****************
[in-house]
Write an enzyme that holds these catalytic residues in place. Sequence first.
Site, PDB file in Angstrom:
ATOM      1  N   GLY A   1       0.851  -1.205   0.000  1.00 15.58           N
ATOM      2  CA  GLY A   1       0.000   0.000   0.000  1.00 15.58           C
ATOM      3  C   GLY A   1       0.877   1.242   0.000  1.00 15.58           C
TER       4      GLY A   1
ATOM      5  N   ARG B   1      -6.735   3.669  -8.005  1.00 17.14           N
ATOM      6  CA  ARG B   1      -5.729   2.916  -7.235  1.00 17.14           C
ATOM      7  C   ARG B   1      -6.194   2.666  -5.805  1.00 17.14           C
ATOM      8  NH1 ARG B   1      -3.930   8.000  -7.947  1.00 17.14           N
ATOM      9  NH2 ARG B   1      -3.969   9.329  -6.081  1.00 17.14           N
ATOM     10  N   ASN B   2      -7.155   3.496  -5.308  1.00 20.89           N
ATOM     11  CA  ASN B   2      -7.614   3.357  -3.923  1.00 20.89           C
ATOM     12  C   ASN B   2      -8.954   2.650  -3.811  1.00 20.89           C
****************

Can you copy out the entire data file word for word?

[in-house]
Write an enzyme that holds these catalytic residues in place. Sequence first.
Site, PDB file in Angstrom:
ATOM      1  N   GLY A   1       0.851  -1.205   0.000  1.00 15.58           N
ATOM      2  CA  GLY A   1       0.000   0.000   0.000  1.00 15.58           C
ATOM      3  C   GLY A   1       0.877   1.242   0.000  1.00 15.58           C
TER       4      GLY A   1
ATOM      5  N   ARG B   1      -6.735   3.669  -8.005  1.00 17.14           N
ATOM      6  CA  ARG B   1      -5.729   2.916  -7.235  1.00 17.14           C
ATOM      7  C   ARG B   1      -6.194   2.666  -5.805  1.00 17.14           C
ATOM      8  NH1 ARG B   1      -3.930   8.000  -7.947  1.00 17.14           N
ATOM      9  NH2 ARG B   1      -3.969   9.329  -6.081  1.00 17.14           N
ATOM     10  N   ASN B   2      -7.155   3.496  -5.308  1.00 20.89           N
ATOM     11  CA  ASN B   2      -7.614   3.357  -3.923  1.00 20.89           C
ATOM     12  C   ASN B   2      -8.954   2.650  -3.811  1.00 20.89           C